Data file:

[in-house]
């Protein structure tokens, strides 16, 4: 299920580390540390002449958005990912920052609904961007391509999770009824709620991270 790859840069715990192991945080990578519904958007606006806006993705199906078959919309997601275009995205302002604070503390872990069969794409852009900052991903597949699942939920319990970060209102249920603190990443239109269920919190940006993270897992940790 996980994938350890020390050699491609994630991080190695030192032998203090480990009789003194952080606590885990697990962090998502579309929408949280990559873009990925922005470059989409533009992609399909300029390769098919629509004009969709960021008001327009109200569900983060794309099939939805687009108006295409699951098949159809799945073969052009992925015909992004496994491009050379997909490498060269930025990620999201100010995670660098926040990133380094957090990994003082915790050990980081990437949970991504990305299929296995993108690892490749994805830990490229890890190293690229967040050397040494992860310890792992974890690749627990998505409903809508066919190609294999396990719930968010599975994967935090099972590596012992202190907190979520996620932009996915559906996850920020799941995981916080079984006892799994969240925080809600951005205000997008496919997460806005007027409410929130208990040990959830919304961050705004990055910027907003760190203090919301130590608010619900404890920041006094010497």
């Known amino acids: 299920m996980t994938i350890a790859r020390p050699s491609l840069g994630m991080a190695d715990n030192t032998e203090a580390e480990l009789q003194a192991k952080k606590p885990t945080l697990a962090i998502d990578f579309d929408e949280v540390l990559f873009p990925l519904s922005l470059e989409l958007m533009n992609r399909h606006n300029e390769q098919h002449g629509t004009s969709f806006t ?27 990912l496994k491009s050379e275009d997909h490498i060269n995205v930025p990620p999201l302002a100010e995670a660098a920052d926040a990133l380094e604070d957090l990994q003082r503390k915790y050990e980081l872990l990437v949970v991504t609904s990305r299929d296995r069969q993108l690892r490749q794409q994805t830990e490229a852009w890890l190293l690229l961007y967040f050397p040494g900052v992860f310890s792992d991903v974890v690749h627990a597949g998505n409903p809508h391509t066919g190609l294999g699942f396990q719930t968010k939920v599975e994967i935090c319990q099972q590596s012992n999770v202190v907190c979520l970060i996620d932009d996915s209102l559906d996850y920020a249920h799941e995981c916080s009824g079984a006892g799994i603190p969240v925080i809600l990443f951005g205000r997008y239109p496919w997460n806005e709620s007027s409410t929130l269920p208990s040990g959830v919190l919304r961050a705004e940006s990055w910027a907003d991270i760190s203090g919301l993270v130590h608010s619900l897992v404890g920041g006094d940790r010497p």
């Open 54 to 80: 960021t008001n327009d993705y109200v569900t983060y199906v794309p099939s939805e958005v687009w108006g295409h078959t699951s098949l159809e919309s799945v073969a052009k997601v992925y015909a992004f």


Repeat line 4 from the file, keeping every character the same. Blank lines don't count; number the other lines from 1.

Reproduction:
């Open 54 to 80: 960021t008001n327009d993705y109200v569900t983060y199906v794309p099939s939805e958005v687009w108006g295409h078959t699951s098949l159809e919309s799945v073969a052009k997601v992925y015909a992004f």